Temperatures in Britain could rise to be as high as 29C in many parts of the country this weekend as a sizzling heatwave grips Europe. While in Eur
Temperatures in Britain could rise to be as high as 29C in many parts of the country this weekend as a sizzling heatwave grips Europe. While in Europe, weather maps show temperatures could reach a scorching 43C towards the end of this week. The warm weather will be brought by a large plume of air sweeping across Europe, before hitting Britain towards the end of the week and into the weekend.
According to the Met Office, Friday, July 17, will be warm with good sunshine in the east and south of Britain.
The warm air coming from Europe means parts of the UK will reach highs of 30C this weekend.
Forecasters expected the ‘mini heatwave’ to last all weekend, with temperatures of 27C and 28C predicted for Saturday and Sunday.
Met Office forecaster Nicky Maxey said: “Luckily, the sunshine is back over the next few days.
“It’s going to feel more like July. Friday looks like it’s going to be the hottest day, but temperatures will still be high across the weekend.
READ MORE: BBC Weather: More sunshine to hit UK as temperatures reach 26C (2020-07-16) [VIDEO]
“There is a warming trend in the south later this week, certainly by the end of the week and into the weekend, with temperatures back up into the high 20s – if not higher.”
Maps from WXCharts show parts of Spain and Portugal will see the centre of the hot temperatures today, as the map turns black with 43C (or 109F) hitting at 3pm today.
The 2m temperature maps also show that parts of the south east of England could see a balmy 27C today.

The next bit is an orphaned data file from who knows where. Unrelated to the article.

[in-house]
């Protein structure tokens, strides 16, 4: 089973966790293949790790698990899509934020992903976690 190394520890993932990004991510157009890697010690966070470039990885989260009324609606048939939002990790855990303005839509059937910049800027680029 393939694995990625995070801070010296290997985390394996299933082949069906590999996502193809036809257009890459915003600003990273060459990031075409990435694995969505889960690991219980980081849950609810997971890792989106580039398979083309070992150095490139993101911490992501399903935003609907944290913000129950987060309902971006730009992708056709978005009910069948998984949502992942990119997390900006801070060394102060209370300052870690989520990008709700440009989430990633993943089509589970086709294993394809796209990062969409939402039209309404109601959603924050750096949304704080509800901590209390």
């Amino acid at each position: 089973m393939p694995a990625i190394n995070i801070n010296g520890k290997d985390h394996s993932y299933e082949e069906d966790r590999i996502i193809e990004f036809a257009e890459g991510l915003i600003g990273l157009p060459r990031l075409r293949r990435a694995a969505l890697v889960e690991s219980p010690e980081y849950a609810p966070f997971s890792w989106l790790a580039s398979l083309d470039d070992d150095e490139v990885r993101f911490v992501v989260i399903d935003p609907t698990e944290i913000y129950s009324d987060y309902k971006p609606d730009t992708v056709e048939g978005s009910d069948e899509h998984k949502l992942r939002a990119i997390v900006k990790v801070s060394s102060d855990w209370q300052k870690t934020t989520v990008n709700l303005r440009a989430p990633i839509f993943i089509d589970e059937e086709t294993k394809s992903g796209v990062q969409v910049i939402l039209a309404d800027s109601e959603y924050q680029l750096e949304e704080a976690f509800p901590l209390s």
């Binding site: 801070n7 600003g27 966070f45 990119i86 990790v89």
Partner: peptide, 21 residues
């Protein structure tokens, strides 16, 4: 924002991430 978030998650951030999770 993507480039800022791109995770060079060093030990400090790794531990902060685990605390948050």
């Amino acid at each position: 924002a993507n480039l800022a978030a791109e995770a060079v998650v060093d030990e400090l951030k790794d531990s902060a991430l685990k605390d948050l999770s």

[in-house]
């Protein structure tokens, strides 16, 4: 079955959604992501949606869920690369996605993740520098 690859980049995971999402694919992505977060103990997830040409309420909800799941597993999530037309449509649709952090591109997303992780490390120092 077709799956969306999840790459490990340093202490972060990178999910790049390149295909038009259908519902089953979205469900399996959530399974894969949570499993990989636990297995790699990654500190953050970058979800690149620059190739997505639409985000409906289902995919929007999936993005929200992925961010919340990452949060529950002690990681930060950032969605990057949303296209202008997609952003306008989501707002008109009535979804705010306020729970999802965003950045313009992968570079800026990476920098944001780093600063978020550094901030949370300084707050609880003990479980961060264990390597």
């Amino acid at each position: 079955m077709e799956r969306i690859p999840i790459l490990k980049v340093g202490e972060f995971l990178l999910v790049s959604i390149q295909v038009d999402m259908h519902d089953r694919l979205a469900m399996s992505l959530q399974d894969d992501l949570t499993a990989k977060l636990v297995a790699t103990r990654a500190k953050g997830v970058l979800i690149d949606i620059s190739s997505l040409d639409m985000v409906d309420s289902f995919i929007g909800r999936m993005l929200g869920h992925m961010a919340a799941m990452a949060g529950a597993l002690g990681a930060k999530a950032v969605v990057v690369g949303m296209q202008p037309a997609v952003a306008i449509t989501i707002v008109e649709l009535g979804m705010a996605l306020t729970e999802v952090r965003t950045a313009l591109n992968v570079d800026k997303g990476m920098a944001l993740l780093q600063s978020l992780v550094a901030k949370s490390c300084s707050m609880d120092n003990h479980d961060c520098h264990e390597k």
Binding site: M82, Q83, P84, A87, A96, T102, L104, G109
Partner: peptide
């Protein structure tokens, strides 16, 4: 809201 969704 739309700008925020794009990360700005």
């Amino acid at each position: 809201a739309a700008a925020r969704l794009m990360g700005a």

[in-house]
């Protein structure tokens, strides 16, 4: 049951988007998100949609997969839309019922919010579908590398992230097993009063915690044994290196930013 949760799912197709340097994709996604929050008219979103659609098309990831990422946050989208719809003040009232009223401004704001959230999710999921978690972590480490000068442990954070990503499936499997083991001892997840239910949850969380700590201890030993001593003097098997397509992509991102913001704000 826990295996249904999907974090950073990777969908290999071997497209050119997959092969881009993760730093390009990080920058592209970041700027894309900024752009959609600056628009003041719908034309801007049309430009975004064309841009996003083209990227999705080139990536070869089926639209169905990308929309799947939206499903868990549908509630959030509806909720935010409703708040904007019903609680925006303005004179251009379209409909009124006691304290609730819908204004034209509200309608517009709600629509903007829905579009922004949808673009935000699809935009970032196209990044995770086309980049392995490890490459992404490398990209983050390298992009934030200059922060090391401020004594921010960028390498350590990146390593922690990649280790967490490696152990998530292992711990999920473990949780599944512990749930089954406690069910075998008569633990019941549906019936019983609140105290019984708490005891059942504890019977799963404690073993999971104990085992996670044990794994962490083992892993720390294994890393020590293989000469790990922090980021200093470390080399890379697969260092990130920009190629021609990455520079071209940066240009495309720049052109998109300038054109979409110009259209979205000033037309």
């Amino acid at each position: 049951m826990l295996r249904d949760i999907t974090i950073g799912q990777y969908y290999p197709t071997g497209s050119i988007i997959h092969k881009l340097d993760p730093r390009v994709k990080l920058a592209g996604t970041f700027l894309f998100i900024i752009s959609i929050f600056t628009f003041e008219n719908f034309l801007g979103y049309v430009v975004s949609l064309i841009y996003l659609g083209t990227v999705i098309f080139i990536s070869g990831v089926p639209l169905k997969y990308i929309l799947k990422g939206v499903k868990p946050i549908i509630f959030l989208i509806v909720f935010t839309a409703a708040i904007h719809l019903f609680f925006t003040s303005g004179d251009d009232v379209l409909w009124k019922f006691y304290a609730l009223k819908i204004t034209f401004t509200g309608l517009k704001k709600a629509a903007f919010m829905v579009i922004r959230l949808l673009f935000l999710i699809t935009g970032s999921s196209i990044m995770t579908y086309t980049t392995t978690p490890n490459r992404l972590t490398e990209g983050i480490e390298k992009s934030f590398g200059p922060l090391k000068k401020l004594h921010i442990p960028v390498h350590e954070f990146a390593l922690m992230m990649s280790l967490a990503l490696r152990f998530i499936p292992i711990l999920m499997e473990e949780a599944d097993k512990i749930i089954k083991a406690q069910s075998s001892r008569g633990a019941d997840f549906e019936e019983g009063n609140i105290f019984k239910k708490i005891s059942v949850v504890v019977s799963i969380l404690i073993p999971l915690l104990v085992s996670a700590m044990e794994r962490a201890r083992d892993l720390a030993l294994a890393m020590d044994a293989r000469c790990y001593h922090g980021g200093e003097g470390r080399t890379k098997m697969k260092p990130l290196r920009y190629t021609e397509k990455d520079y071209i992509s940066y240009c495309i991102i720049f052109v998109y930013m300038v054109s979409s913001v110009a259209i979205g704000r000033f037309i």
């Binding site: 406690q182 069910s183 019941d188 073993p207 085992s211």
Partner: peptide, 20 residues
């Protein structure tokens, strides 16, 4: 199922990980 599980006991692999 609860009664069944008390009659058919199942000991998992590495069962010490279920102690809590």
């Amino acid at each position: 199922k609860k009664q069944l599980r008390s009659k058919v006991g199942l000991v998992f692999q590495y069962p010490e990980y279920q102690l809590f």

Into the weekend, temperatures in the south east could peak at about 26C by 3pm on Saturday afternoon.
On Sunday, the weather charts show the whole of Spain and Portugal turn red with 40C forecast for the entirety of the country. While Britain will see cooler temperatures of up to 18C.
Meteorologist Clare Nasir warned a bank of rain and will will hit western parts of Scotland on Friday night, before moving down across central Scotland and Northern Ireland.
She said: “Many of us will see some brighter weather, it will feel warmer south of the rain band, with some sunshine coming through.
“That rain band pushes down towards the far north of England, and extends towards northern parts of Wales.”
Ms Nasir added: “Into the weekend, it continues its passage southwards, with some fresher air to arrive in the north and also some sunshine.”
Statistics from the Met Office show that Britain has seen just 55.5 hours of sunshine in the first half of July, compared to a yearly average of 172 hours.
Ms Maxey added: “ [The sunshine] has been even lower in some regions of Britain. Derbyshire, for example, has only seen 43.5 hours of sunshine between July 1 and July 14.
“The county gets an average of 181 hours of sunshine, so they have only seen 24 percent of what they would normally have.”
The long range forecast for July suggests good news, with many parts of Britain expected to regularly see temperatures of 20C and above.
The hottest day of the year so far was recorded at the end of June, with temperatures peaking at 32.6C in Heathrow, west London.